The process of getting an entire nation of more than 25 million people moving freely again in the face of a pandemic is, quite obviously, one that exists in a constant state of flux. Even in the last couple of weeks, plans to ease restrictions and open up inter-state travel for Australians have been constantly hit with complications, with Australians naturally hesitant to go far beyond their homes and spikes, like those we have seen in Victoria and to a much lesser extent in New South Wales, throwing other plans into disarray.
It’s a situation that has forced state governments to perform a balancing act as they open their borders up to some, and keep them closed to others, sometimes on a city-by-city basis. Here’s what you need to know in every state.
Where can Australians travel right now? The answer depends on where you live and a few other factors.
- NSW the ACT and South Australia, are accepting travellers from all states except those from Victoria, who will only be able to enter if deemed essential travellers.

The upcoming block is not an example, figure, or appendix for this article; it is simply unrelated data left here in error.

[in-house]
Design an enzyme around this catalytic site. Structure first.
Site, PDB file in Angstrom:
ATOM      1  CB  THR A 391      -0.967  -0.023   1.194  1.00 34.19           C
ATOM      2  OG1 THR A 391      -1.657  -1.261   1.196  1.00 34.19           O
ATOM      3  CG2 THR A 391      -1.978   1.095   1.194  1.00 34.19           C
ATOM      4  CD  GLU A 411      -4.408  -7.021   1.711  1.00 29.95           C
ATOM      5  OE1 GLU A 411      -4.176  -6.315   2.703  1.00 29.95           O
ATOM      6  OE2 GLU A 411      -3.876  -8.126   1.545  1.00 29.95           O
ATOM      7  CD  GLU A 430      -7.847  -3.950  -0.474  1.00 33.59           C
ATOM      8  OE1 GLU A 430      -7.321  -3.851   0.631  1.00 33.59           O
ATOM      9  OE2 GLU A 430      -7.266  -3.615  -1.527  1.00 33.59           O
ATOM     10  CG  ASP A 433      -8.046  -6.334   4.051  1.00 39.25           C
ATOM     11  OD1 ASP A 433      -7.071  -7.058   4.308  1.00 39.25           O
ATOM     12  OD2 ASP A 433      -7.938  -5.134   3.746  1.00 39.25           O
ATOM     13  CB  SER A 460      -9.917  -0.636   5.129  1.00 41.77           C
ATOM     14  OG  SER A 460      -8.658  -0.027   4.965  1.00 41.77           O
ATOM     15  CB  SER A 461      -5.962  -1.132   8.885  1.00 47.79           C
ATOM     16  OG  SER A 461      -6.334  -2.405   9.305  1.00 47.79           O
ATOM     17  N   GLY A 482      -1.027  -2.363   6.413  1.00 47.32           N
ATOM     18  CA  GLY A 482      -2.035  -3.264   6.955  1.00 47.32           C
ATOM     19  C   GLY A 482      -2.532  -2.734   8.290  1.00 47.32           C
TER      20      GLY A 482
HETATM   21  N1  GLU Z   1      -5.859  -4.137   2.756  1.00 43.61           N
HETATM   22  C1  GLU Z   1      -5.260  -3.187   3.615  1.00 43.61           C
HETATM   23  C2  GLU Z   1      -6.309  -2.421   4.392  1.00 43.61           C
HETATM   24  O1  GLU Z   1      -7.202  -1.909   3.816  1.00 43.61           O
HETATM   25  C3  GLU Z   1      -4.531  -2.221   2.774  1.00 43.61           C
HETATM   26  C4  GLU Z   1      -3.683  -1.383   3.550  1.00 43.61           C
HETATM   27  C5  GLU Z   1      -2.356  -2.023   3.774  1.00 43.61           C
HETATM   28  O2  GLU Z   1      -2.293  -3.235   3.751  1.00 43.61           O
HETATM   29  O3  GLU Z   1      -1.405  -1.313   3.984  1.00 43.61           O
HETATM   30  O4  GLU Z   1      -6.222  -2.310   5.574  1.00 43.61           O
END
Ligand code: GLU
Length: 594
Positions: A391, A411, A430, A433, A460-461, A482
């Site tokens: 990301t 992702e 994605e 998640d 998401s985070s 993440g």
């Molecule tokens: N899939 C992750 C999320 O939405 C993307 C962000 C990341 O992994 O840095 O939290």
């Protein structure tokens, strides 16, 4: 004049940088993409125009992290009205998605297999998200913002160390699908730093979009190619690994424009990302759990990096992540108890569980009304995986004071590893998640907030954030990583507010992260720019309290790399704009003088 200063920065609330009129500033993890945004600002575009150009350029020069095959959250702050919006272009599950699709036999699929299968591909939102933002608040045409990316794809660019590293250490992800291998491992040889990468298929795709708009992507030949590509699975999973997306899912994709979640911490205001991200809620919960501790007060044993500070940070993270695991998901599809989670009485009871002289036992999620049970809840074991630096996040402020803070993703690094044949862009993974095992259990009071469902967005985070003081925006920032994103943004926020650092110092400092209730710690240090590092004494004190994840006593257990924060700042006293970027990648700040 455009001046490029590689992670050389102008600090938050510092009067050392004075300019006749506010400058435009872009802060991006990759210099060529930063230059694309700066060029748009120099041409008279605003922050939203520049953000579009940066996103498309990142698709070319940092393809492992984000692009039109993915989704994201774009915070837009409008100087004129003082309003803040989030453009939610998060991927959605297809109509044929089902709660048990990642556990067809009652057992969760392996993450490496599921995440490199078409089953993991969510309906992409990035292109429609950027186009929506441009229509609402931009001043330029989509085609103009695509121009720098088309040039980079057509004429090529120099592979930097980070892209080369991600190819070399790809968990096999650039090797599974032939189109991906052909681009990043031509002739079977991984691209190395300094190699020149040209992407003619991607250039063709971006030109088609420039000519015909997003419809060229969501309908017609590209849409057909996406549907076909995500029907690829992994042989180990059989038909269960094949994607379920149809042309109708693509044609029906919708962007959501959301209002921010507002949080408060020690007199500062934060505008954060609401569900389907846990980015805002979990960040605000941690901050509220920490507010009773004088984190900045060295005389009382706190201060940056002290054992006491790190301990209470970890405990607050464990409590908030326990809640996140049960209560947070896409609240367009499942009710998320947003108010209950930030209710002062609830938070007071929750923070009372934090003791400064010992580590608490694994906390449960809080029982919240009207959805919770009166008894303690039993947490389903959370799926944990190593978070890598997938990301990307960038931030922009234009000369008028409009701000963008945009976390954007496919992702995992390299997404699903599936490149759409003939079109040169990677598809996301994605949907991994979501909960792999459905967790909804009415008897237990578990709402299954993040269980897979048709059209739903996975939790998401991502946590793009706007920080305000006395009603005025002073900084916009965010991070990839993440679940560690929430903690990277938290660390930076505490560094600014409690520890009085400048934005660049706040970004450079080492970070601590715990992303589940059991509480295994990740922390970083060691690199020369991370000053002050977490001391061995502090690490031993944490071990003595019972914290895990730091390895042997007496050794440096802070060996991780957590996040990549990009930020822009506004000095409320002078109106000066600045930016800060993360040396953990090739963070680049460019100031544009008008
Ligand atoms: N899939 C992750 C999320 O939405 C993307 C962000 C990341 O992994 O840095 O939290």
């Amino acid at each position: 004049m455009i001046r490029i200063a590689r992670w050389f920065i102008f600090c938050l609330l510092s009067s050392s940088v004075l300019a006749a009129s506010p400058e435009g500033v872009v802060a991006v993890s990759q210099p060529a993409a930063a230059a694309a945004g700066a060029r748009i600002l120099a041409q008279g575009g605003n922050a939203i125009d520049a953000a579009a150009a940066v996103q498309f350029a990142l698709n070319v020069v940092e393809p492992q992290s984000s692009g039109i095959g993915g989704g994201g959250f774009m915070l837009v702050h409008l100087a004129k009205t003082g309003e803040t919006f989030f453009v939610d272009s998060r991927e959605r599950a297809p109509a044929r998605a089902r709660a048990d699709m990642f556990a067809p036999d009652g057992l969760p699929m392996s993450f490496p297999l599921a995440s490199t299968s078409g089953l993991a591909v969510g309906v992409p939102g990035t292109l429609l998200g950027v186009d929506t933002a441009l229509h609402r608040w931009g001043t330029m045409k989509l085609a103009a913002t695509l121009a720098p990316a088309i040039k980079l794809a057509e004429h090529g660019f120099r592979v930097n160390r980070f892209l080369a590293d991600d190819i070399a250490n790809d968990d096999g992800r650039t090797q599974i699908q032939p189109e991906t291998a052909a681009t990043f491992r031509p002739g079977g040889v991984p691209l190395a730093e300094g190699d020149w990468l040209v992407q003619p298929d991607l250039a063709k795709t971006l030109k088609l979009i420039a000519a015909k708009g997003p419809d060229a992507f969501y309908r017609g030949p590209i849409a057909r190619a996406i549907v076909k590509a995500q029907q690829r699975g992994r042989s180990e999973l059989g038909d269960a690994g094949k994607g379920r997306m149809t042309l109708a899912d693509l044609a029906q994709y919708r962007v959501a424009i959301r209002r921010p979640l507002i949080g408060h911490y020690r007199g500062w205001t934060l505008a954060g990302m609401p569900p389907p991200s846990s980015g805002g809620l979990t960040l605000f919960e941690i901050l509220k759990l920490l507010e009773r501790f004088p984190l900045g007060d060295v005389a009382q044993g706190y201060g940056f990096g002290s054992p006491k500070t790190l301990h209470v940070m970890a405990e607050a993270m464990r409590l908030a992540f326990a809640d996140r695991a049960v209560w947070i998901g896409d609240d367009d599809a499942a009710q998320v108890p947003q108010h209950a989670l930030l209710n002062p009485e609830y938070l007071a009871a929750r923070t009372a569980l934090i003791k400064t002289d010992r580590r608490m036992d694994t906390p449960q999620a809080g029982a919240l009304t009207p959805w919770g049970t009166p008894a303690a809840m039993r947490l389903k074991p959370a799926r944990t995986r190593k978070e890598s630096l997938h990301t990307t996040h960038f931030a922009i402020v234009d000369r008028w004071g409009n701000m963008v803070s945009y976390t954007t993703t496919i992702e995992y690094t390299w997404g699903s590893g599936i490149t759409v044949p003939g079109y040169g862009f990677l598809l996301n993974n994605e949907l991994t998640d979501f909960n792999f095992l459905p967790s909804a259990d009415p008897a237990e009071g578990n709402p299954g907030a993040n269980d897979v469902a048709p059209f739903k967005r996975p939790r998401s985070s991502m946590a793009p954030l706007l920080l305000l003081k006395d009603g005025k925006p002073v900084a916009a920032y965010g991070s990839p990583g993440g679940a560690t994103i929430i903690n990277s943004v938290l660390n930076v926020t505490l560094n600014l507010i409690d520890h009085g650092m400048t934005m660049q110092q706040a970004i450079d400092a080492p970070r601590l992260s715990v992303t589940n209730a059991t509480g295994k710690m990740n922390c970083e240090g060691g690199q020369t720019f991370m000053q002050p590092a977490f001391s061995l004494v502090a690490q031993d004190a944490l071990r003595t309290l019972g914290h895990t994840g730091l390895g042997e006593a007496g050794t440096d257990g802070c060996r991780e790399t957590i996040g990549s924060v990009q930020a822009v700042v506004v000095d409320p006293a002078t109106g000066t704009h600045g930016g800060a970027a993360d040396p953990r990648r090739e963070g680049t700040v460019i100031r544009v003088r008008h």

- Queensland accepts travellers from all states except Victoria and from Sydney Metro area, or those who have visited those two areas, people residing in the rest of NSW are allowed to enter. The restrictions for Sydney metro area and Victoria will remain in place until December 1.
- Victoria allows anyone to enter the state.
- Tasmania currently welcomes travellers from South Australia, Queensland, Western Australia, the Northern Territory, and the ACT without the need for quarantine. People from NSW will be able to arrive from Nov 6. Victorians are still considered ‘high risk’ and not permitted entry unless an exemption is granted.
- Western Australia is not accepting any travellers unless they have an exemption.
- The Northern Territory welcomes all travellers without the need to quarantine except those who visited an area declared a ‘hotspot’.
However, Federal Health Minister Greg Hunt said today that Australia is on track for internal borders to be lifted by Christmas, saying there was a mounting medical case for Queensland to open its border to greater Sydney and allow free movement “as soon as possible”.
Today Australia reported zero community transmissions of COVID-19 for the first time since June 9.
The opening of domestic borders is vital to get the airlines, travel and tourist business kick-started, further delays will put at stake significant job losses.